LABELS: Opus Arte
WORKS: The Adventures of Pinocchio
PERFORMER: Victoria Simmonds, Jonathan Summers, Mary Plazas, Rebecca Bottone, Graeme Broadbent, Allan Clayton, Mark Wilde, James Laing, Carole Wilson; Opera North Chorus & Orchestra/David Parry; dir. Martin Duncan (London, 2008)
CATALOGUE NO: OA 1005 D (NTSC system; dts 5.1; 16:9 anamorphic)
A log of wood singing ‘make me’ is hardly a typical operatic opening. Geppetto is initially cautious (‘talking wood, that’s not good’), but curiosity is aroused for adult and child alike from the first notes of Jonathan Dove’s lavish and fantastical new opera genuinely for all age-groups.
Collodi’s story is much darker than Disney’s film, and any Jiminy Cricket associations are literally squashed in the second scene when Pinocchio throws a mallet and kills Rebecca Bottone’s Cricket as it cheekily pricks his conscience.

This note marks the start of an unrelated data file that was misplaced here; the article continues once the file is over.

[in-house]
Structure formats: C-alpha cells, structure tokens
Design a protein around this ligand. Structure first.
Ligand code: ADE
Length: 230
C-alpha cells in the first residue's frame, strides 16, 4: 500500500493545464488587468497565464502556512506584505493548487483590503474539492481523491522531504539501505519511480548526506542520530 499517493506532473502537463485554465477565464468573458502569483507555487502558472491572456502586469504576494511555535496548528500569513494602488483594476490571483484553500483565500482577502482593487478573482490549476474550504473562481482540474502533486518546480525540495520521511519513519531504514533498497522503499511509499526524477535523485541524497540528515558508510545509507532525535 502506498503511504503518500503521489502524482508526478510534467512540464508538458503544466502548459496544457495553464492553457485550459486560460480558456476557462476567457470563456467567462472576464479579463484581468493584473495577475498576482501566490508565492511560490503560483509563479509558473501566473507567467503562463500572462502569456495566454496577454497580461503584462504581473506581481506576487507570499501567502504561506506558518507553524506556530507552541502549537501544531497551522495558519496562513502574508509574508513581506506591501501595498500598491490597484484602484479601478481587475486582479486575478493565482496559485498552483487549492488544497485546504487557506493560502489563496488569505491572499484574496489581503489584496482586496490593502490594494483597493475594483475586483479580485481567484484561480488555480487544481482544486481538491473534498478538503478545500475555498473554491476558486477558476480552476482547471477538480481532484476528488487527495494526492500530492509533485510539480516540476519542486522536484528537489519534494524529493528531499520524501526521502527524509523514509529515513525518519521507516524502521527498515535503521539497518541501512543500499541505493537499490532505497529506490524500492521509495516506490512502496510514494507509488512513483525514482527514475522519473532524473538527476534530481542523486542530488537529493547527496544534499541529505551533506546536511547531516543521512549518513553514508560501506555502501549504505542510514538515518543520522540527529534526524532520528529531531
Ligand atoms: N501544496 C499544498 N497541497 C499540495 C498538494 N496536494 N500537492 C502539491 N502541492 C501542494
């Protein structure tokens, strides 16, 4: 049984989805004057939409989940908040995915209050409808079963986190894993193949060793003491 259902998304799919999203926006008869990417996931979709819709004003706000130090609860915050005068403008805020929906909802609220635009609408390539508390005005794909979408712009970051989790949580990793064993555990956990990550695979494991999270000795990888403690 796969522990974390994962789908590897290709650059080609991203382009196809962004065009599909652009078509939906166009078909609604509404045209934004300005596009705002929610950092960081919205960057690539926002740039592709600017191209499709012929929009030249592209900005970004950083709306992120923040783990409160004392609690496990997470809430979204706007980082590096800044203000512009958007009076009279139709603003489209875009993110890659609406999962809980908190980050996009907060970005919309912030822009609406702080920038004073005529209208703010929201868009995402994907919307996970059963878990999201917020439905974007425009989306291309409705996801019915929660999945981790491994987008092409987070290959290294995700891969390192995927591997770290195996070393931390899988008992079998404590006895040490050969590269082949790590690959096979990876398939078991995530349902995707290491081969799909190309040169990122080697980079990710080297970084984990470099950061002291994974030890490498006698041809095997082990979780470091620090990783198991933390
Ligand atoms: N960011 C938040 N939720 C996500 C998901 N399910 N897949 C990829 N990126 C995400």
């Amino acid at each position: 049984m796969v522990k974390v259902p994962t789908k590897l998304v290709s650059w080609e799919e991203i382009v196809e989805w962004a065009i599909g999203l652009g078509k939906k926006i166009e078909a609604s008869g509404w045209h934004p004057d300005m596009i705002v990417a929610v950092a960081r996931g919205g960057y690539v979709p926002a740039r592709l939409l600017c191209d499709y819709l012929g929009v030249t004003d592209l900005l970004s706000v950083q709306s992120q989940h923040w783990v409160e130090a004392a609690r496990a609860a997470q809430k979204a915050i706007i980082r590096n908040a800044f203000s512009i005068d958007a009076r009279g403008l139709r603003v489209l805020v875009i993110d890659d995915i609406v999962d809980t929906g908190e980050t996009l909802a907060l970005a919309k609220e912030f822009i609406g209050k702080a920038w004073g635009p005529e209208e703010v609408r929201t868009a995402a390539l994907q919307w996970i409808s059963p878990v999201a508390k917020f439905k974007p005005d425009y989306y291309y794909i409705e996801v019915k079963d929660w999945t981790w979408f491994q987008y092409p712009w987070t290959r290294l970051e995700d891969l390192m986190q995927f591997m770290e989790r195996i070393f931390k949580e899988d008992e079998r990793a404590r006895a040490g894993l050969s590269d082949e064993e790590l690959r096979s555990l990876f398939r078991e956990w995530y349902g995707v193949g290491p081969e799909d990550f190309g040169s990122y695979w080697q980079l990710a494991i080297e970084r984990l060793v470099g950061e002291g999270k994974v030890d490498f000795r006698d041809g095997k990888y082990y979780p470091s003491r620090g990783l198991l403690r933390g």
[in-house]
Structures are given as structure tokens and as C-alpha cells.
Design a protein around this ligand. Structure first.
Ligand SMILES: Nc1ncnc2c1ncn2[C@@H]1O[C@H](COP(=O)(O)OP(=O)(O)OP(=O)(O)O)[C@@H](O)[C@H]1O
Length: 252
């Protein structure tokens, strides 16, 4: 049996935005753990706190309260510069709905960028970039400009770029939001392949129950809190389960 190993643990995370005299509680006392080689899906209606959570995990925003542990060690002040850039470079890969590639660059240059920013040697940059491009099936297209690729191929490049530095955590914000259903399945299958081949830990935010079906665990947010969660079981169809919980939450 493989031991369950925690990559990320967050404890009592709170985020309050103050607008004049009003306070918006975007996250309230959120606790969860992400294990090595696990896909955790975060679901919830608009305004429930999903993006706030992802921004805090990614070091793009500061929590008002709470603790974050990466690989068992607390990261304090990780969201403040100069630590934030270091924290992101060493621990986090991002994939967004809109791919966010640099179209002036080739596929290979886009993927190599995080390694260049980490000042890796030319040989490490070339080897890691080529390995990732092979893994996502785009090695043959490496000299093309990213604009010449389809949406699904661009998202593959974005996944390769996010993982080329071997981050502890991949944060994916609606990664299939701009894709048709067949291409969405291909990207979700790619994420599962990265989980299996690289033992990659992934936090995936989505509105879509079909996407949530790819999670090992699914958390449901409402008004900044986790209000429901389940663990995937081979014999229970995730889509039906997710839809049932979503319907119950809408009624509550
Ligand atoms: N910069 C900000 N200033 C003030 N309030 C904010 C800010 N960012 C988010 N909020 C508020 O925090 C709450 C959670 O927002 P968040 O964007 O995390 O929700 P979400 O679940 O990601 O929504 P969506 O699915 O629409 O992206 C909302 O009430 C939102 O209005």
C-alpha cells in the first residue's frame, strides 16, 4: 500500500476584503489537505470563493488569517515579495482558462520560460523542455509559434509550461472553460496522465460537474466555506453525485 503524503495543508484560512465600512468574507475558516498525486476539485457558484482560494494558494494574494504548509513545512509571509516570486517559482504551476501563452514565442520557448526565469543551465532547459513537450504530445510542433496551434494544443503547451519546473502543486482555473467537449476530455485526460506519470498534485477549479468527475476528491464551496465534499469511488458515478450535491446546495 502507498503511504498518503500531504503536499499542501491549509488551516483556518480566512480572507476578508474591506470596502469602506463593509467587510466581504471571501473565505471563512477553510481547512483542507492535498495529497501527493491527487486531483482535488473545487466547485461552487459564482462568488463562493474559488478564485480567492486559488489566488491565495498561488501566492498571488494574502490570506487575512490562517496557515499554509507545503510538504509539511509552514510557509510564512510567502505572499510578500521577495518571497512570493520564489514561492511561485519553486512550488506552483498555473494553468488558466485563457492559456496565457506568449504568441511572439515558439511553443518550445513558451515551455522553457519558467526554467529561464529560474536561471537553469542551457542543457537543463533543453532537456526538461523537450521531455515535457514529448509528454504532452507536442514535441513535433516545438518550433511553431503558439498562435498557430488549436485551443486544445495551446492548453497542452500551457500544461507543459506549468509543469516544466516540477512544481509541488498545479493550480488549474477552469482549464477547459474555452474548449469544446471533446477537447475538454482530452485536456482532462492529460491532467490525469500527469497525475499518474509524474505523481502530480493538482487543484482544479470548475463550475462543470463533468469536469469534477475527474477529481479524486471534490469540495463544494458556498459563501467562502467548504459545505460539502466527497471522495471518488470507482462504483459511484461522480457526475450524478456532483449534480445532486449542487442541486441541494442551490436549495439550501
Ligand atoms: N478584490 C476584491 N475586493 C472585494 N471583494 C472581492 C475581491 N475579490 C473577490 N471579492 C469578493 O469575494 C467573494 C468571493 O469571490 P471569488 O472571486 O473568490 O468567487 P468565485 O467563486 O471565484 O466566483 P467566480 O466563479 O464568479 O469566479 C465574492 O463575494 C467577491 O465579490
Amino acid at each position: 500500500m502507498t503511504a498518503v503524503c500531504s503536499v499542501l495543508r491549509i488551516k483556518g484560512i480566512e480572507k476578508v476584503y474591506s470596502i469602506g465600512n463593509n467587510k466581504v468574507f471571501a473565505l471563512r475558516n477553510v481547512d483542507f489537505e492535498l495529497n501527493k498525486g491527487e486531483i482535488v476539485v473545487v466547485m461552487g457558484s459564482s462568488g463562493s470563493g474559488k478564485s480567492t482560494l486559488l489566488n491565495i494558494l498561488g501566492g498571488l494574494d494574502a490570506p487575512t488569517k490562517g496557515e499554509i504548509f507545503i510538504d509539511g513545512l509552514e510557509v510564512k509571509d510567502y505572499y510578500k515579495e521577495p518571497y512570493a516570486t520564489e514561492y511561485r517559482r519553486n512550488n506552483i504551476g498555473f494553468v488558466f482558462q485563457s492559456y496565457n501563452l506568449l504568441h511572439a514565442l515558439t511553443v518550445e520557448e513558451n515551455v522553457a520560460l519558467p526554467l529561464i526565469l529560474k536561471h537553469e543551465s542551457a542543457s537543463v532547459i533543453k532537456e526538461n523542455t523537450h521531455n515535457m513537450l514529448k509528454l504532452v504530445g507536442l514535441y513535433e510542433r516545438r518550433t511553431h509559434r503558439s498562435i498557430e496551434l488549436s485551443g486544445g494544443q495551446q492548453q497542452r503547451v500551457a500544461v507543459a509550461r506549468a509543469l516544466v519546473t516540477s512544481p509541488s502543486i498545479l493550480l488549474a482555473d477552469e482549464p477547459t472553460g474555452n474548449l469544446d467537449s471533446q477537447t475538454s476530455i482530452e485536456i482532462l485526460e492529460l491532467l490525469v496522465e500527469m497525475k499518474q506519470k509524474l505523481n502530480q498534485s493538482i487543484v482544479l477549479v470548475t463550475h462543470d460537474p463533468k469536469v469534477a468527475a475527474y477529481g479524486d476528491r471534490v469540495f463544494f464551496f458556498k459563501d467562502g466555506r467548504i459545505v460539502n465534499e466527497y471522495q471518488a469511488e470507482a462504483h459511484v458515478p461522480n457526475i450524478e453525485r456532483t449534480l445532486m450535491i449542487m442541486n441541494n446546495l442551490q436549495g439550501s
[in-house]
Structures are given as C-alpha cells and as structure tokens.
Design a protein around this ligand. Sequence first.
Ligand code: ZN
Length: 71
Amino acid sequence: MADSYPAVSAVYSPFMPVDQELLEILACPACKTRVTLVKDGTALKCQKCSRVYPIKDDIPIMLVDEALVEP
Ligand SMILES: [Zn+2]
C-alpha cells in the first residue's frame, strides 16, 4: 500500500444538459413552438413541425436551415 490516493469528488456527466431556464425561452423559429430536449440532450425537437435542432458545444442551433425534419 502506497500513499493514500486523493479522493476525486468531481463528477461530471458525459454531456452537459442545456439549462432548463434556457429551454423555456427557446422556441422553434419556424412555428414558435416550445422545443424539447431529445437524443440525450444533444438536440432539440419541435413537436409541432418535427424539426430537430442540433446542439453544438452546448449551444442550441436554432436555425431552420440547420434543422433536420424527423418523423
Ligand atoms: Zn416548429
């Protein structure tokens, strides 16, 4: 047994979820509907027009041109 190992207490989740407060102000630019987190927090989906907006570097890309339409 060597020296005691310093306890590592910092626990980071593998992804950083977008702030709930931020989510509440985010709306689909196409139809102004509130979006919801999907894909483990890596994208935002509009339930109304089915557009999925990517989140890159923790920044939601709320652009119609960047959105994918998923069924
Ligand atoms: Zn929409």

The scary moments are balanced by the joie de vivre of Alasdair Middleton’s witty libretto and Martin Duncan’s imaginative staging. Unlike Pinocchio himself, this tale of a wooden boy who wants to be good but is repeatedly led astray barely falters during its two-and-a-half hour roller-coaster ride.
There are numerous memorable moments, from extravagant set-pieces such as Funland to the tender scene inside the whale when Pinocchio is reunited with Geppetto. Onstage virtually throughout, Victoria Simmonds conveys Pinocchio’s flitting moods, from unthinkingly selfish to equally thoughtless acts of love, open-eyed enthusiasm to despondent sulks, with charm and verve.
The title role aside, this is a genuine ensemble piece, but special mention should be made of Mary Plazas crystalline Blue Fairy and Jonathan Summers mildly doddery Geppetto.
Plaudits should also go to the chorus, whose scenes are always visually and sonically spectacular, while the stunning surround sound of the DVD capturing every detail of Opera North’s bold undertaking wonderfully well. Christopher Dingle